p-Terphenyl; 1,4-Diphenylbenzene; para-Diphenylbenzene; p-Diphenylbenzene; para-Triphenyl; p-Triphenyl
3D model (Jmol)
|Molar mass||230.31 g·mol−1|
|Melting point||212 to 214 °C (414 to 417 °F; 485 to 487 K)
|Boiling point||389 °C (732 °F; 662 K)|
Refractive index (nD)
|Main hazards||Iritant (Xi)|
|S-phrases||S26 S60 S61|
|Flash point||207 °C (405 °F; 480 K)|
|US health exposure limits (NIOSH):|
|C 9 mg/m3 (1 ppm)|
Except where otherwise noted, data are given for materials in their standard state (at 25 °C [77 °F], 100 kPa).
|what is ?)(|
Terphenyls are a group of closely related aromatic hydrocarbons. Also known as diphenylbenzenes or triphenyls, they consist of a central benzene ring substituted with two phenyl groups. The three isomers are ortho-terphenyl, meta-terphenyl, and para-terphenyl. Commercial grade terphenyl is generally a mixture of the three isomers. This mixture is used in the production of polychlorinated terphenyls, which were formerly used as heat storage and transfer agents.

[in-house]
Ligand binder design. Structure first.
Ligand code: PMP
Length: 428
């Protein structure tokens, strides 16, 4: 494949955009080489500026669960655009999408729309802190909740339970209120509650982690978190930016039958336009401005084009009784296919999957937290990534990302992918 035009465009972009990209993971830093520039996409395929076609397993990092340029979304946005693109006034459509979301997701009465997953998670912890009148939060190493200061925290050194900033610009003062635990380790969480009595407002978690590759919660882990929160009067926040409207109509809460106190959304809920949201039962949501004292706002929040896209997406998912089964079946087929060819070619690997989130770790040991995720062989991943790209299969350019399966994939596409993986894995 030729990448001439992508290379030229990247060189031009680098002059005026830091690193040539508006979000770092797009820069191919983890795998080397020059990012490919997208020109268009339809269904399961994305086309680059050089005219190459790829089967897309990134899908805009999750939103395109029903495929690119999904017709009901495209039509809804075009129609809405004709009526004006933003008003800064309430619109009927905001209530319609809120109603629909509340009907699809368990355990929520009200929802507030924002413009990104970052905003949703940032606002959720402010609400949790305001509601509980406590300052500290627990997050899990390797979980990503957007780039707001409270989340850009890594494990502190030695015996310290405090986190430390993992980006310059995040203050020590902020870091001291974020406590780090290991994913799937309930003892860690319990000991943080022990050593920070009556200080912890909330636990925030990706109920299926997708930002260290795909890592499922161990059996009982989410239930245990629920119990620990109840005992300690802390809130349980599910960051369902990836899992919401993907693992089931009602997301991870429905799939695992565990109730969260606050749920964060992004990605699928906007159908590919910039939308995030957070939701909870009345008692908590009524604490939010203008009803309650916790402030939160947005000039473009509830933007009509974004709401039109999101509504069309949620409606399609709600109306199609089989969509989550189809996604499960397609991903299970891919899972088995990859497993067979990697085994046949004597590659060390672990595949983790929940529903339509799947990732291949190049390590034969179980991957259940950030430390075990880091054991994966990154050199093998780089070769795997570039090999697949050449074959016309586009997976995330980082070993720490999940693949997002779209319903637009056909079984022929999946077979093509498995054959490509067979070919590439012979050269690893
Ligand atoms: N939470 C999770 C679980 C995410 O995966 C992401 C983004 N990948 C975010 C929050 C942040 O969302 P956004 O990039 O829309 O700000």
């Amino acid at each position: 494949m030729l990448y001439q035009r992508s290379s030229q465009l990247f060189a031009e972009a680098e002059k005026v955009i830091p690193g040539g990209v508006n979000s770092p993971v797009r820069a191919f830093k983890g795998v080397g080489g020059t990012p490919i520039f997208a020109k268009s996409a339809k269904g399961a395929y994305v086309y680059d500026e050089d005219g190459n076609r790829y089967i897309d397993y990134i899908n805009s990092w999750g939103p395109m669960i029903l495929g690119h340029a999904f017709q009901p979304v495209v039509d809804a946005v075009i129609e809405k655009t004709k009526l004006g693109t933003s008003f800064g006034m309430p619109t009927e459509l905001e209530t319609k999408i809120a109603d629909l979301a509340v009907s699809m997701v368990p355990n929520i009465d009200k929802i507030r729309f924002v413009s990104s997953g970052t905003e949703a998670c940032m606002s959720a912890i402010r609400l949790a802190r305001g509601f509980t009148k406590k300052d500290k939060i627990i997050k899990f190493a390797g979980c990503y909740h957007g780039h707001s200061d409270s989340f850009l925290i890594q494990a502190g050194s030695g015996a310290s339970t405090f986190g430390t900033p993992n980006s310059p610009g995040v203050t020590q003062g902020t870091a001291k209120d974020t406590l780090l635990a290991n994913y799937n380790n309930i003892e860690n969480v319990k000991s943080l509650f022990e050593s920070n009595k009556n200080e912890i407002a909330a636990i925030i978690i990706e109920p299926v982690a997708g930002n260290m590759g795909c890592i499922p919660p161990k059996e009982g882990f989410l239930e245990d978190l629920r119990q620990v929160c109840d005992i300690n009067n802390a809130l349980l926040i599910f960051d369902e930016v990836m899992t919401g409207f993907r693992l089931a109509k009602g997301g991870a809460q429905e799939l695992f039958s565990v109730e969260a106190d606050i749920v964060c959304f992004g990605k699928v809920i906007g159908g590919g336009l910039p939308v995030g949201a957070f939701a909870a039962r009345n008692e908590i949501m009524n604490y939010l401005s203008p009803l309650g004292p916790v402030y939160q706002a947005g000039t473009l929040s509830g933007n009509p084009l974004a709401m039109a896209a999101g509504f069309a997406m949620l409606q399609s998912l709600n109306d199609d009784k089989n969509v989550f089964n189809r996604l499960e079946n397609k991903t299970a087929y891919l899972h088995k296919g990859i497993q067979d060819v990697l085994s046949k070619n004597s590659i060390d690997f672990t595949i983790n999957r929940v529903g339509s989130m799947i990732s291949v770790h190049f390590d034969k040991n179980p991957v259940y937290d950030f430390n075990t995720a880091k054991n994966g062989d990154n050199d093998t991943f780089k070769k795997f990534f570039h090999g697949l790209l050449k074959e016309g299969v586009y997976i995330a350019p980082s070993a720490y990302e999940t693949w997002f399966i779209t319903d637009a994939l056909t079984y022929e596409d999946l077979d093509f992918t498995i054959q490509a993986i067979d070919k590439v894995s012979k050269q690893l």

- p-Terphenyl at chemicalland21.com
- p-Terphenyl at Sigma-Aldrich
- "NIOSH Pocket Guide to Chemical Hazards #0591". National Institute for Occupational Safety and Health (NIOSH).
- "NIOSH Pocket Guide to Chemical Hazards #0592". National Institute for Occupational Safety and Health (NIOSH).
- "NIOSH Pocket Guide to Chemical Hazards #0593". National Institute for Occupational Safety and Health (NIOSH).